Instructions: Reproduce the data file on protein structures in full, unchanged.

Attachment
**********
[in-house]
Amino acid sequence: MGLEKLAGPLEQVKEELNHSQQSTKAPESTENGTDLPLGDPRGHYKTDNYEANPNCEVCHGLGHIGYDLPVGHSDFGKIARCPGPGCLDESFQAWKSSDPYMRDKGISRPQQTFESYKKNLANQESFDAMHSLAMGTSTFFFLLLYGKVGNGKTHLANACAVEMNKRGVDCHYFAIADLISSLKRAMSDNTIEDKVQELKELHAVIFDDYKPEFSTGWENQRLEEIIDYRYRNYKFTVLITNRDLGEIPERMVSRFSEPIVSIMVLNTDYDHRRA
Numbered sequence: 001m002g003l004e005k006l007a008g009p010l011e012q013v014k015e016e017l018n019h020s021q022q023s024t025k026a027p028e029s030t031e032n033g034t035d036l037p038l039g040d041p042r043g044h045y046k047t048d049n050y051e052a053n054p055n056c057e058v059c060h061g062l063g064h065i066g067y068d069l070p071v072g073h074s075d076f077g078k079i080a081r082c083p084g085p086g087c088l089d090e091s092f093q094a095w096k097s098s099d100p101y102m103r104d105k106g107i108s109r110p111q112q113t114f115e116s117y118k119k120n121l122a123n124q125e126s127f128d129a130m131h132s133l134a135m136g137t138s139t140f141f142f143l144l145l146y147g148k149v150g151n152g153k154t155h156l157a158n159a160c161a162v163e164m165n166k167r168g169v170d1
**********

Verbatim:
[in-house]
Amino acid sequence: MGLEKLAGPLEQVKEELNHSQQSTKAPESTENGTDLPLGDPRGHYKTDNYEANPNCEVCHGLGHIGYDLPVGHSDFGKIARCPGPGCLDESFQAWKSSDPYMRDKGISRPQQTFESYKKNLANQESFDAMHSLAMGTSTFFFLLLYGKVGNGKTHLANACAVEMNKRGVDCHYFAIADLISSLKRAMSDNTIEDKVQELKELHAVIFDDYKPEFSTGWENQRLEEIIDYRYRNYKFTVLITNRDLGEIPERMVSRFSEPIVSIMVLNTDYDHRRA
Numbered sequence: 001m002g003l004e005k006l007a008g009p010l011e012q013v014k015e016e017l018n019h020s021q022q023s024t025k026a027p028e029s030t031e032n033g034t035d036l037p038l039g040d041p042r043g044h045y046k047t048d049n050y051e052a053n054p055n056c057e058v059c060h061g062l063g064h065i066g067y068d069l070p071v072g073h074s075d076f077g078k079i080a081r082c083p084g085p086g087c088l089d090e091s092f093q094a095w096k097s098s099d100p101y102m103r104d105k106g107i108s109r110p111q112q113t114f115e116s117y118k119k120n121l122a123n124q125e126s127f128d129a130m131h132s133l134a135m136g137t138s139t140f141f142f143l144l145l146y147g148k149v150g151n152g153k154t155h156l157a158n159a160c161a162v163e164m165n166k167r168g169v170d1